Featured Video: Liquid Web Managed WordPress and Image Compression

The key to running a successful blog or website is having great content and making it easy for your users to find what they need. Part of providing great blog content usually involves using images and graphics to enhance your articles, posts and pages. Doing so will provide your readers with visual context and can help break up large blocks of text. Using lots of visual elements and images isn’t without its trade-off though.

The more HD photos you use, the more data a user has to download when reading your articles. This can mean longer load times for users, and higher disk and bandwidth usage for your server. That’s why you should always optimize your website’s images since long page loads can cost you views. In this featured video Chris Lema shows how our Managed WordPress improves this with a default plugin.

Website performance is a big deal and we know you care about keeping your site fast. The most common reason for a slow site is caused by uploading full size HD images. So to improve your WordPress sites performance we’re building our own image compression solution. Since building our own solution will take some time and we don’t want you to wait, so we’ve loaded the Compress JPEG & PNG Images plugin for you.

Normally optimizing the first set of images is free and you pay a small fee for images after that, but you wont! We’ve partnered directly with TInyPNG and Liquid Web will be covering that cost so you can use this solution until we complete our own.

To learn more, or signup, take a look on our Managed WordPress page.

Protecting Against CVE-2016-3714 (ImageMagick)

Overview

A security vulnerability has been discovered in the ImageMagick software suite that can potentially allow remote code execution.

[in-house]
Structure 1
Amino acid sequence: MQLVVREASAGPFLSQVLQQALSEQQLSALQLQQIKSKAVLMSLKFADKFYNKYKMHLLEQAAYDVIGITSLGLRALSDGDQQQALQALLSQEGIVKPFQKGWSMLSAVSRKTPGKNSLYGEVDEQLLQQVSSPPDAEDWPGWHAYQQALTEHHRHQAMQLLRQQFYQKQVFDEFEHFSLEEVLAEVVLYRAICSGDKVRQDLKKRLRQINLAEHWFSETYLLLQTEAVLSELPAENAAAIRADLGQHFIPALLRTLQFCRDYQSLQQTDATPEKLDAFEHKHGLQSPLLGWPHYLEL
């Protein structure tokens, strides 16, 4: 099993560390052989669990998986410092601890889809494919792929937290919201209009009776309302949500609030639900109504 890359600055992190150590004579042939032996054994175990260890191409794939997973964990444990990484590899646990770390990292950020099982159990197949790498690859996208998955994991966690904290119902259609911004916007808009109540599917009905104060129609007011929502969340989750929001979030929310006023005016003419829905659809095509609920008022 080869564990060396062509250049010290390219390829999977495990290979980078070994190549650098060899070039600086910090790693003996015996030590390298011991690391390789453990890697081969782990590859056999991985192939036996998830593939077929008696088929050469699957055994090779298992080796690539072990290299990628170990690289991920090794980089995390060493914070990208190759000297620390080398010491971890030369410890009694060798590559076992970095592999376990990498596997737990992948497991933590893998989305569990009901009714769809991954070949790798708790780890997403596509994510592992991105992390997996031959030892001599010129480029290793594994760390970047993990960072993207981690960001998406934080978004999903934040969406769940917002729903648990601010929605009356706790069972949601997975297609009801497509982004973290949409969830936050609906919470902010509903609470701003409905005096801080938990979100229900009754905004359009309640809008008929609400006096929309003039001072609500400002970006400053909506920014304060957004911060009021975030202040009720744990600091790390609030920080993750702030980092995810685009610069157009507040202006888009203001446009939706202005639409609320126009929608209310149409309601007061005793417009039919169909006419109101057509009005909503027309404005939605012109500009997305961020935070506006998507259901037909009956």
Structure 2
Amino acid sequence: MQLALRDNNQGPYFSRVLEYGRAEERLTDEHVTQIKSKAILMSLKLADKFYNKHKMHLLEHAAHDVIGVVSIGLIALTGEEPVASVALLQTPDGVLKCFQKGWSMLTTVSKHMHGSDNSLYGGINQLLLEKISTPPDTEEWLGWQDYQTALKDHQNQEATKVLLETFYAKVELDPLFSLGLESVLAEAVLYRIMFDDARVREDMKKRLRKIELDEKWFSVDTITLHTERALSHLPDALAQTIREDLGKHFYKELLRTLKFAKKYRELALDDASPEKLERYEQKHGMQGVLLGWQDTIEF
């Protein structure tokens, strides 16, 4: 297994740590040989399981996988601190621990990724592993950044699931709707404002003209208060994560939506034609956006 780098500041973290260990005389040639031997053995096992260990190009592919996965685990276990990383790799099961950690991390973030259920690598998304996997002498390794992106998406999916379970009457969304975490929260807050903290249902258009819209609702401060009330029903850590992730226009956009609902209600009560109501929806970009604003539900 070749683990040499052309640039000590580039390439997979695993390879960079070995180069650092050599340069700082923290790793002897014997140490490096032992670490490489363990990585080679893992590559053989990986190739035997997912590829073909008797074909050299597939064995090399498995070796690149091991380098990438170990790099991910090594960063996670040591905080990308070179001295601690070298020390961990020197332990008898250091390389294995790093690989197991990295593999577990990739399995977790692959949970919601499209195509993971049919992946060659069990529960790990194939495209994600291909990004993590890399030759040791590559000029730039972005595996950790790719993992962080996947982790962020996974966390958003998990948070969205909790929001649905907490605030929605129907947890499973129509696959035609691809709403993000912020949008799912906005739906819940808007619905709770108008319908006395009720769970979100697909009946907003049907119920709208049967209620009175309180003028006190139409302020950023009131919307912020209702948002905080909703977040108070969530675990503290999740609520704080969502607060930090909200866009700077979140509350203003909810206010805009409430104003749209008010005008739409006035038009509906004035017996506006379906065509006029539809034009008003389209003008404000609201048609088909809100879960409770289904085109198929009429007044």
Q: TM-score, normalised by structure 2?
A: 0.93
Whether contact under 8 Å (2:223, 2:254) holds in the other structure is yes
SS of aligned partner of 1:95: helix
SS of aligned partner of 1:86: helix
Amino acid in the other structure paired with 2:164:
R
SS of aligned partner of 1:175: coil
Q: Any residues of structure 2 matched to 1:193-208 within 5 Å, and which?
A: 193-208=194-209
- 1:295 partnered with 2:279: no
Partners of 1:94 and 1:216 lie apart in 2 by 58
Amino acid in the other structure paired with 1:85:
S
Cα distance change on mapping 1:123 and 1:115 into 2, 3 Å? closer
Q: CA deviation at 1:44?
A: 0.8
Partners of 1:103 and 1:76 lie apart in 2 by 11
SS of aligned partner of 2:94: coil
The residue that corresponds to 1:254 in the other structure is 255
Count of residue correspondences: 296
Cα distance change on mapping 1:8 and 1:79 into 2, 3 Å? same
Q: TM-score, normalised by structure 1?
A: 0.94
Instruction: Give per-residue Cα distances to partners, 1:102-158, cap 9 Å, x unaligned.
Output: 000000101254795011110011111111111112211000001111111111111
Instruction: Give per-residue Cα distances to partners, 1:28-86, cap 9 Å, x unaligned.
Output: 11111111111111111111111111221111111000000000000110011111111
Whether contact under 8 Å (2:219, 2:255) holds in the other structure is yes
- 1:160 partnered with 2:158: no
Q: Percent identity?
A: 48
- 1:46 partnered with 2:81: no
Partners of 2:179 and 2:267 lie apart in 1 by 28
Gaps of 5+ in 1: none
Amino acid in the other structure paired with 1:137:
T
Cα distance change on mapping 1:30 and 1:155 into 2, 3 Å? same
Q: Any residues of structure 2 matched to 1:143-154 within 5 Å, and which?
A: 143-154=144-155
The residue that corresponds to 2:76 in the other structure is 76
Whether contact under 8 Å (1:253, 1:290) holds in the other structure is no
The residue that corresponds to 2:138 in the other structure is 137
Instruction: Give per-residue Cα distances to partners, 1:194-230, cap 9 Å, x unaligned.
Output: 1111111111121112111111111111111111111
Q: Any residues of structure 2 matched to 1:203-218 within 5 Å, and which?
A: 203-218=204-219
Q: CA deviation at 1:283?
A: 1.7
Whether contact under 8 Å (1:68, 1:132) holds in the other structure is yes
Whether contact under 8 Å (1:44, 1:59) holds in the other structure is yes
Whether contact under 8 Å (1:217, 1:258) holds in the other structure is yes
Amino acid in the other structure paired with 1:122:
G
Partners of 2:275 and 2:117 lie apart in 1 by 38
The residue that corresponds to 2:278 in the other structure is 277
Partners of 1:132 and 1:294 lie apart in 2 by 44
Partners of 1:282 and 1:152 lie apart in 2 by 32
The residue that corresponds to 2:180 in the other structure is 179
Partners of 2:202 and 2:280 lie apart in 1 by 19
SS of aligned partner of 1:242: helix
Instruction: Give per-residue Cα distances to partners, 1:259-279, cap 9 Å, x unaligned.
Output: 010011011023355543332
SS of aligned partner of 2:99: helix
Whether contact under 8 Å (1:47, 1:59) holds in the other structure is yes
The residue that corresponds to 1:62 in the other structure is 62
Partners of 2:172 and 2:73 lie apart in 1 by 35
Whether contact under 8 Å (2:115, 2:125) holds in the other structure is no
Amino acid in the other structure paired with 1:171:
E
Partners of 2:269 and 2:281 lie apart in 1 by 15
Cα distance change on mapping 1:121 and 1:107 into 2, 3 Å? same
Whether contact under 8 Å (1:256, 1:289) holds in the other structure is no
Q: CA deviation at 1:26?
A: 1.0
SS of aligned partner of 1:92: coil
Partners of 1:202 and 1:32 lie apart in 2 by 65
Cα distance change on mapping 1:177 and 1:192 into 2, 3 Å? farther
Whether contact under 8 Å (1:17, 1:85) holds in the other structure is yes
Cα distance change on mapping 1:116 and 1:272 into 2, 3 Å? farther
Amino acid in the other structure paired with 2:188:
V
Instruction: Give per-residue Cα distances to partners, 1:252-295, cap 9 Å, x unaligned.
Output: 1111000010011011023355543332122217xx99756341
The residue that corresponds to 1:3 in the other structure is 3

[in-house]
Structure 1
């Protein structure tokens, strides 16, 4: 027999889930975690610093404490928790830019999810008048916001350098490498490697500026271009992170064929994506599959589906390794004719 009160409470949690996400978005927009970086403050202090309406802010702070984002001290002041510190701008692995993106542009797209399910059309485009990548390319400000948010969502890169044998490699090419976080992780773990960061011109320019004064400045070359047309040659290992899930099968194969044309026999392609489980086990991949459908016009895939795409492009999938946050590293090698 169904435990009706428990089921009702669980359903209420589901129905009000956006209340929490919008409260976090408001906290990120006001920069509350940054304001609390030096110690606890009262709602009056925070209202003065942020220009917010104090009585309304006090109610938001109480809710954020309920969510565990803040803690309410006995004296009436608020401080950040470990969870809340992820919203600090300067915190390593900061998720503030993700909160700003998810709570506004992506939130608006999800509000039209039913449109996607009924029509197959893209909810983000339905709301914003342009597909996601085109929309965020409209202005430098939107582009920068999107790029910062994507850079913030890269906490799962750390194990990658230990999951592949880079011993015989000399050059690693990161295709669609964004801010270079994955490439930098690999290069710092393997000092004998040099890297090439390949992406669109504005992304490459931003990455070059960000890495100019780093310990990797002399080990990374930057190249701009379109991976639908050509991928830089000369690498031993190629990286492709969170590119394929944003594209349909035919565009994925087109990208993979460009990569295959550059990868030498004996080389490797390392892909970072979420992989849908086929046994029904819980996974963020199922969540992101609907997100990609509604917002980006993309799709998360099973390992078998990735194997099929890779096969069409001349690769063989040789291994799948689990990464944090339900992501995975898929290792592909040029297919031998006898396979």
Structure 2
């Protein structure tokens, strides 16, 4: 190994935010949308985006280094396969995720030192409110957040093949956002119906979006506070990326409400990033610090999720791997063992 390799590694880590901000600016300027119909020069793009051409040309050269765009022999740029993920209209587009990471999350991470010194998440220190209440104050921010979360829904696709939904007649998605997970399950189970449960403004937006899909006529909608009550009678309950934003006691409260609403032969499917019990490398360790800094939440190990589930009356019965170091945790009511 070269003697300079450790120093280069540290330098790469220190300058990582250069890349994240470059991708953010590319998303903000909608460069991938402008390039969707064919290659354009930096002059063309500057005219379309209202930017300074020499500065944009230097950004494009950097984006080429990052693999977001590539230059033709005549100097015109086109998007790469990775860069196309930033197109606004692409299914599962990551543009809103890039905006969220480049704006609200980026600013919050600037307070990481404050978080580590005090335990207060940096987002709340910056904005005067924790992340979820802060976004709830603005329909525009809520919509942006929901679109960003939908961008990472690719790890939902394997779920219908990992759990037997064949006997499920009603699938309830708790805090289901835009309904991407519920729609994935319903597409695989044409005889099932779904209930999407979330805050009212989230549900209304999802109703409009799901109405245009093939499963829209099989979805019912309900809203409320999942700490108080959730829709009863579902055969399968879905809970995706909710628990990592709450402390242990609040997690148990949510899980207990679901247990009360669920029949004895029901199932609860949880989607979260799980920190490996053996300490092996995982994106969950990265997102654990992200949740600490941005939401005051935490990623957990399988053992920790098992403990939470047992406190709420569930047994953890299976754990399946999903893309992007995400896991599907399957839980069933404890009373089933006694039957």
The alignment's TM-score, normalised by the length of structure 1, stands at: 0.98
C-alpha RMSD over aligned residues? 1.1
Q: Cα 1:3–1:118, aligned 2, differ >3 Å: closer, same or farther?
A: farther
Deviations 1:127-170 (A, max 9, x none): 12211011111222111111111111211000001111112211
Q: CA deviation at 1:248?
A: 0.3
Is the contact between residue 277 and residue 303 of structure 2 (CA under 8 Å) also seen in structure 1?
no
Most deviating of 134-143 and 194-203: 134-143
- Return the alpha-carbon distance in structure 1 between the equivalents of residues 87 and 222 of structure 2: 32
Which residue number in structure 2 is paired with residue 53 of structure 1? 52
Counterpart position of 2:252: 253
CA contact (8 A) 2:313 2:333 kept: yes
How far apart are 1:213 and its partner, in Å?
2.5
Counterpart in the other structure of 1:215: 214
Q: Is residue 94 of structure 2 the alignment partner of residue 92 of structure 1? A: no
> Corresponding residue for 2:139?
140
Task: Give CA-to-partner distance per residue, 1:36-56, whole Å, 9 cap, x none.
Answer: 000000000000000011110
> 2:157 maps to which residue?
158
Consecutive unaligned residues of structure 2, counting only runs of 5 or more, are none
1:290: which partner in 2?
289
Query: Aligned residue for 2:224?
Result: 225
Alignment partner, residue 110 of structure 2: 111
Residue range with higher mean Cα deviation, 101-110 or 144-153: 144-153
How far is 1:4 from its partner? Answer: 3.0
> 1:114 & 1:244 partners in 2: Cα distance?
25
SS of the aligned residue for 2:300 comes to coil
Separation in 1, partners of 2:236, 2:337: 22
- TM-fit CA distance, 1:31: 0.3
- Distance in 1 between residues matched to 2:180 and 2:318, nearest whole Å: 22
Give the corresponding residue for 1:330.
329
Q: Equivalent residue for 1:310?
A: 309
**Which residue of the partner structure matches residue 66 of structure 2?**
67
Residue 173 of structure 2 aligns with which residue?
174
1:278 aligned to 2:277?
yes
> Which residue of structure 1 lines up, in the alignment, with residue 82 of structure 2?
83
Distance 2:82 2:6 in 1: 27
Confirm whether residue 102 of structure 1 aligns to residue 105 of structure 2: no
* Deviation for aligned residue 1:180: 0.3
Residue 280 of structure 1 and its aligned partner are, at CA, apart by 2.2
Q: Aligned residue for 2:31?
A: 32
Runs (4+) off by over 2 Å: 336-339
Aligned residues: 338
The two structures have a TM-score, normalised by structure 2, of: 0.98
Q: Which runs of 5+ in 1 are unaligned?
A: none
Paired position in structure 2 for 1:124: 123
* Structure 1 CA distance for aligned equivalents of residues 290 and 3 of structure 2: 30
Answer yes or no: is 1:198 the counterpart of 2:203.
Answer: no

Impact

All versions of ImageMagick are affected. An updated version has been committed and should be rolling out to repositories in the near future. Until a patch is available for all systems, Liquid Web is taking steps to block the offending payloads. Additionally, a direct modification to ImageMagick’s policy file can reduce the risk of an exploit due to the vulnerability.

Resolution

A full resolution is not possible until a patch is released and applied. While that is anticipated to be available soon, in the interim, policies specifically blocking known exploits can be added directly to ImageMagick’s policy file, policy.xml. The file will be located in one of two possible directories, depending on how the software was installed:

  • /etc/ImageMagick/policy.xml
  • /usr/local/etc/ImageMagick-6/policy.xml

Once located, open policy.xml in your preferred text editor and add the following nine lines to the bottom of the file to help minimize the risks of exploit:

<policy domain="coder" rights="none" pattern="EPHEMERAL" />
<policy domain="coder" rights="none" pattern="HTTPS" />
<policy domain="coder" rights="none" pattern="MVG" />
<policy domain="coder" rights="none" pattern="MSL" />
<policy domain="coder" rights="none" pattern="TEXT" />
<policy domain="coder" rights="none" pattern="SHOW" />
<policy domain="coder" rights="none" pattern="WIN" />
<policy domain="coder" rights="none" pattern="PLT" />
<policy domain="path" rights="none" pattern="@*" />

Note: This post has been updated to reflect policies for four additional coders identified as potentially vulnerable, and one that prevents indirect reads entirely. ImageMagick still should be upgraded when the latest release is made available even if the policy file has been manually edited.

Managed customers who need help editing the policy file may contact Heroic Support® for assistance.